4. General Health Issues

Tarantulas are pretty hardy animals, and as long as you provide a proper and secure living environment, they usually don’t have a lot of health issues. However, there still are a few issues that some tarantulas face.

  • Some tarantulas are infected with a parasitic infection called oral nematodes. It doesn’t commonly affect captive tarantulas, but common symptoms can include a white material around the mouth of the spider and a decreased appetite. 
  • Molting is the process that helps them grow to a larger size. They do this by shedding their exoskeleton to produce a new one. The tarantula will lose its appetite during this time as it is a stressful process. It is best to not feed anything to the tarantula during the molting process, which typically takes several days.
  • The spider may take up to two weeks to completely recover from the molting process, and you should not handle it during this period. Don’t provide any live prey to it during the molting process as they might injure the spider before the new exoskeleton is able to finish hardening. 

5. Exercise

To keep your tarantula at a good weight and healthy overall, you must ensure that it gets proper exercise. Tarantulas don’t require a lot of exercises, though. They can get enough just by moving around in their enclosure, so you must ensure that they have sufficient space to climb and move around. 

6. Handling 

It’s usually advised not to handle your pet tarantula as they are known to bite if they feel threatened. Keep in mind that tarantulas are easily scared, so be careful around them.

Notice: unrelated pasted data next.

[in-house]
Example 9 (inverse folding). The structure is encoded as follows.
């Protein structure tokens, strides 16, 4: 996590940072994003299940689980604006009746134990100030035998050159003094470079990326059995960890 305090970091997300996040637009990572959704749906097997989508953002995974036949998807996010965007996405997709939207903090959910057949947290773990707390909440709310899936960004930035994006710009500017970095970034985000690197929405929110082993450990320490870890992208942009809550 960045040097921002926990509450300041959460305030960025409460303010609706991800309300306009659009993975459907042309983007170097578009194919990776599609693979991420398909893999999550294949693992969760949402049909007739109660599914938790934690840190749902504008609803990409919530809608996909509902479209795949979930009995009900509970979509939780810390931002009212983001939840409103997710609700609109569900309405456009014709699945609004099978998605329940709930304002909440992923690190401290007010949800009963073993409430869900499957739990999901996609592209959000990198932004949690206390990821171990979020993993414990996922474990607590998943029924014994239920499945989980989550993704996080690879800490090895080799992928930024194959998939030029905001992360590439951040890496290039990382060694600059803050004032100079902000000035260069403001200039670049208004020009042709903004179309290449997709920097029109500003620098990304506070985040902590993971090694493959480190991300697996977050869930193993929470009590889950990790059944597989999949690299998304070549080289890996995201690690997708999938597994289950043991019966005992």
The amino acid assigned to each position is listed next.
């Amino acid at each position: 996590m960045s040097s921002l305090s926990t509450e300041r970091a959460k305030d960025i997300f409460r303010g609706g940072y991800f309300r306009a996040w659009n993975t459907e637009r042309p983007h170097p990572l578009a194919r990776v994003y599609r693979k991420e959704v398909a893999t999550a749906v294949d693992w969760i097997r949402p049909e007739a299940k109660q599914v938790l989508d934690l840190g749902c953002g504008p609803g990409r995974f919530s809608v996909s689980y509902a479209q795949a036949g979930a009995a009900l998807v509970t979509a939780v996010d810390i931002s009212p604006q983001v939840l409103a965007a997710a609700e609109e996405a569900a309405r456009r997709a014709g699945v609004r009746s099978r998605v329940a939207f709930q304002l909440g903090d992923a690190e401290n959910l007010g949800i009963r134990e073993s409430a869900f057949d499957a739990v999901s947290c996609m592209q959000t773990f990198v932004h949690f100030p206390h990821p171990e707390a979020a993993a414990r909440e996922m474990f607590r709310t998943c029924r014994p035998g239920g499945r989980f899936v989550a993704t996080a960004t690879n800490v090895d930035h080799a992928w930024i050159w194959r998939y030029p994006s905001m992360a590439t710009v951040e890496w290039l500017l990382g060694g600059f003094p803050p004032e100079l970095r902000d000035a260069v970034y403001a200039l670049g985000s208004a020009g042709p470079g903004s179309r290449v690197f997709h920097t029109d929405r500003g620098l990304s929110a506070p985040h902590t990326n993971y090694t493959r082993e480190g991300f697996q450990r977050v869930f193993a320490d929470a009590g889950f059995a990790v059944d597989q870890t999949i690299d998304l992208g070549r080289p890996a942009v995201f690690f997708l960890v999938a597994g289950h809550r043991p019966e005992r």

Although their bite won’t kill you, but it is extremely painful. Tarantulas are also known to flick urticating hairs if they feel threatened. If you, like many people, are allergic to these hairs, they will irritate your skin for a while. 

Handling them can lead to accidentally dropping them. They are very fragile creatures, and there aren’t a lot of medical care options available when it comes to injured tarantulas, so you need to be very careful.

7. Fungus or Mold

It is easy for fungus or mold to form inside the tank if you don’t keep it clean and allow it to get damp. This fungus or mold can also spread to your spider and can turn fatal if you don’t treat it instantly. 

The mold or fungus will look like a yellow or white plum on the spider’s legs or abdomen. If infected, use an antiseptic that is spider-friendly to treat it. 

Summing Up

Although it might not end up in the top ten list of favorite pets, it can be fun and exciting to own a tarantula, as long as you are aware of the responsibility you are taking on. 

With the seven effective ways to care for your pet tarantula, you won’t have anything to worry about. So don’t be nervous to bring home your very first pet tarantula.

How To Care for a Pet Tarantula: 7 Effective Ways

Last update on 2024-02-24 / Affiliate links / Images from Amazon Product Advertising API